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Negative news overshadowed a strong year of reconciliation for Indigenous people

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To assess the progress or lack of it for Indigenous people in 2018 you must go back and look at a few events in isolation.

First the trial of Gerald Stanley for the killing of Colten Boushie was a watershed event for race relations for Saskatchewan. When a visibly all-white jury acquitted Stanley, racial polarization in Saskatchewan came to the surface.

After the verdict was read, Stanley was rushed out the door and the jury took flight. Boushie’s family was upset but violence was never contemplated. Both the accused and the jury could have left the courthouse with much less drama instead of the fear and panic that followed. This action showed the apprehension that exists toward Indigenous people among settler society.

Members of Colten Boushie’s family leave the Court of Queen’s Bench after a jury delivered a verdict of not guilty in the trial of Gerald Stanley, the farmer accused of killing the 22-year-old Indigenous man. (Liam Richards/The Canadian Press)

The anonymity and convenience of social media allowed racist comments to spread across the province. For Indigenous people it was a stressful time. Parents feared for their children, people avoided rural roads and felt the conversation hush when they entered a rural coffee shop or any other public place.

Later in the year, the Saskatchewan government would introduce legislation amending trespass laws eliminating the need to post private land with no trespassing signs.

Indigenous people saw it as fallout from the Stanley trial that would allow rural landowners to shoot first and ask questions later. It also raised the issue of property rights versus human rights.

On the other hand, Indigenous people continued to grow and develop. We graduated record numbers of students from high school, university and technical training. Rural-urban migration continued, and our standard of living continued to increase.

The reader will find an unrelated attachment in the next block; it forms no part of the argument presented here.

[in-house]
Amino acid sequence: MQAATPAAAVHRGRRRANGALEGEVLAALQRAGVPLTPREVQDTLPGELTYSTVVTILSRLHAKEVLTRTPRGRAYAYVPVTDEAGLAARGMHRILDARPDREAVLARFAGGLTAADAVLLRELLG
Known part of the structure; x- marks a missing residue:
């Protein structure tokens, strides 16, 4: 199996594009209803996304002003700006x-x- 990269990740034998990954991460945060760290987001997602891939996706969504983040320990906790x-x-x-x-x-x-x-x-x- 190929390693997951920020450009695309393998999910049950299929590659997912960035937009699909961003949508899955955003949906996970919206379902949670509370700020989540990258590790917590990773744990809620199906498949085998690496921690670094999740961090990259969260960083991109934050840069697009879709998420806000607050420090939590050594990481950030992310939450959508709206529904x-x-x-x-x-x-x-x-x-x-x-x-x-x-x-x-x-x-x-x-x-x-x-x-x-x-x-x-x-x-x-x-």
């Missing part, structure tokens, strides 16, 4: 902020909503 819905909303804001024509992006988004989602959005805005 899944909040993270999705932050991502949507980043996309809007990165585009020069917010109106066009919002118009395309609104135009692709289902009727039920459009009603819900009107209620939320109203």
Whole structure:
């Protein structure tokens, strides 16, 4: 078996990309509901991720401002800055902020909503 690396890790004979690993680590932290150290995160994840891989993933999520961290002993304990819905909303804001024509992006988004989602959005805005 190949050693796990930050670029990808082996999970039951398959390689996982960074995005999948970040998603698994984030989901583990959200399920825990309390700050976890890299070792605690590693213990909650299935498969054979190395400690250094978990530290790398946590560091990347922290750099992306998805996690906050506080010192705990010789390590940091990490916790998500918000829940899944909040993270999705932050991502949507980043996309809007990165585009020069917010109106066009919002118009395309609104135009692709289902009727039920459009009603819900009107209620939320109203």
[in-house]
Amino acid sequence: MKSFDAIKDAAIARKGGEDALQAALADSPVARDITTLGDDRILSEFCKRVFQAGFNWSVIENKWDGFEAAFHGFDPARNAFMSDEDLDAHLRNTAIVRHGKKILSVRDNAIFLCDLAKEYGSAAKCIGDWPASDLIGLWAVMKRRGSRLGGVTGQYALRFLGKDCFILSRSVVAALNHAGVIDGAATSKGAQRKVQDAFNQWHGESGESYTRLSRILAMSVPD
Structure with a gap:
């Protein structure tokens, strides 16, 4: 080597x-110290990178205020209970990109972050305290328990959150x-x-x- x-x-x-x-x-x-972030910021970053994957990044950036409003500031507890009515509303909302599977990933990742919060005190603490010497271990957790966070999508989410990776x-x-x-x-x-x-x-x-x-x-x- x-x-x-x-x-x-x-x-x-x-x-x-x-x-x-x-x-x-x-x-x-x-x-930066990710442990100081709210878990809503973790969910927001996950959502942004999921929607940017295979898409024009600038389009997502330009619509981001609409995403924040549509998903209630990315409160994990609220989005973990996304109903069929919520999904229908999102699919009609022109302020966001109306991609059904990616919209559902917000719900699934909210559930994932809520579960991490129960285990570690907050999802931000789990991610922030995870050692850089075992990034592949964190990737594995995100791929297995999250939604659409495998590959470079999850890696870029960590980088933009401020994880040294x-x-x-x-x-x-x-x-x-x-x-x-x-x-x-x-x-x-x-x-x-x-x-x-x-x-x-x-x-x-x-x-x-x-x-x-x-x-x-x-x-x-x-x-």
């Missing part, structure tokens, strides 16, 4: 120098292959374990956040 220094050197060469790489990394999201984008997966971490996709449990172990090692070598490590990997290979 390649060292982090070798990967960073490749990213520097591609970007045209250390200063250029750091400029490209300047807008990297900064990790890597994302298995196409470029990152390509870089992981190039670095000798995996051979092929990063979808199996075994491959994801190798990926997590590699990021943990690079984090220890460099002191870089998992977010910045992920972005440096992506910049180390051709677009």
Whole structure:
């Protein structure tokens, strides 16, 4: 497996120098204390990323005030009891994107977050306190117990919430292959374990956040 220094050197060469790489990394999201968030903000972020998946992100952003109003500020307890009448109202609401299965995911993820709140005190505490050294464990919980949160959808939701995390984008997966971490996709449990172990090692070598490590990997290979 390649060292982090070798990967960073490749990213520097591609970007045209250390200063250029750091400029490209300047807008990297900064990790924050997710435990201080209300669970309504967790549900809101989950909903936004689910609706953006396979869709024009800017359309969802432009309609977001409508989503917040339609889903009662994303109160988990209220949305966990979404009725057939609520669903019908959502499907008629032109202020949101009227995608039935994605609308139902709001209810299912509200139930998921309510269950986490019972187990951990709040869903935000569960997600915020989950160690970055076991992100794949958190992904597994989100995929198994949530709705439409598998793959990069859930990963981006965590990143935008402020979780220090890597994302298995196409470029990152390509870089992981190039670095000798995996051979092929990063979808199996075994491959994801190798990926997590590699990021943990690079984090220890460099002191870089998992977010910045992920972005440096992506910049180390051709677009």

This is the side of our people that gets lost in the politics of the day. Our people want to earn a living, raise their family and send the next generation into a better world than the one they grew up in.

Also, the rebirth and renaissance of our culture and religion continued to fly under the radar. Powwows brought out increasing numbers of people and sundances and other ceremonies grew in importance.

Powwow on Ochapowace Nation. (Alex Soloducha/CBC)

This was supposed to be a year of reconciliation but much of the news indicated otherwise. However, men and women of goodwill from both the settler and Indigenous community stepped up and worked together to improve race relations.

In Saskatoon, we named the new bridge the Chief Mistawasis Bridge in honour of a great leader who worked to build bridges between his people and the newcomers.

Chief Mistawasis Bridge opened this year in Saskatoon. (Graham Construction)

In Regina, teepees went up on the legislature lawn and stayed from February to September. The province demanded that they be taken down and ordered the police to act on it.

The police chief, to his credit, refused to storm the camp and create a legal and public relations nightmare; instead, he met with the protesters and gained their confidence. The camp stayed up and order prevailed. When the camp finally came down, it was the teepee owners who did it and their point had been made.

Court of Queen’s Bench ordered the camp out of Wascana Centre in September. (Glenn Reid/CBC News)

Meanwhile, in October, the Federation of Sovereign Indigenous Nations held its election and Chief Bobby Cameron was re-elected along with incumbent Edward Lerat and a retread, Morley Watson.

The big story that ended the year came in under the radar on the Friday before Christmas.